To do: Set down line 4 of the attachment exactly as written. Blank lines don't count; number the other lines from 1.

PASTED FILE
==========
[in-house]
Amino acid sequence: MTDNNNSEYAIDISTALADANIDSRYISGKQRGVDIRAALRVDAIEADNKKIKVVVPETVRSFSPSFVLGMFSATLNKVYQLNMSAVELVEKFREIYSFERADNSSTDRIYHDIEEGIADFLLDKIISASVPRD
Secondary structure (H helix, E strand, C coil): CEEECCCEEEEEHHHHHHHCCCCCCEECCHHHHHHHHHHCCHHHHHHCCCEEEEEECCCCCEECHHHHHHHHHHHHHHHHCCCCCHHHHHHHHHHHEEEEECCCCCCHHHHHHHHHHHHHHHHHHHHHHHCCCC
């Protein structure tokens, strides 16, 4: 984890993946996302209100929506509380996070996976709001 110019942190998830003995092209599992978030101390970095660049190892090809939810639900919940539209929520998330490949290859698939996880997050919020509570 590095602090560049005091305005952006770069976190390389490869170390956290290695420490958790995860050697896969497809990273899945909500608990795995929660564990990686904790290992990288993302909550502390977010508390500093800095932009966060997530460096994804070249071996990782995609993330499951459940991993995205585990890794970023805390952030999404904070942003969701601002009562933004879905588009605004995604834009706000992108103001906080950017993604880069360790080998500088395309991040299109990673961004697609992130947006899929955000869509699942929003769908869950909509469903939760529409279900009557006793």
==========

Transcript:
């Protein structure tokens, strides 16, 4: 984890993946996302209100929506509380996070996976709001 110019942190998830003995092209599992978030101390970095660049190892090809939810639900919940539209929520998330490949290859698939996880997050919020509570 590095602090560049005091305005952006770069976190390389490869170390956290290695420490958790995860050697896969497809990273899945909500608990795995929660564990990686904790290992990288993302909550502390977010508390500093800095932009966060997530460096994804070249071996990782995609993330499951459940991993995205585990890794970023805390952030999404904070942003969701601002009562933004879905588009605004995604834009706000992108103001906080950017993604880069360790080998500088395309991040299109990673961004697609992130947006899929955000869509699942929003769908869950909509469903939760529409279900009557006793």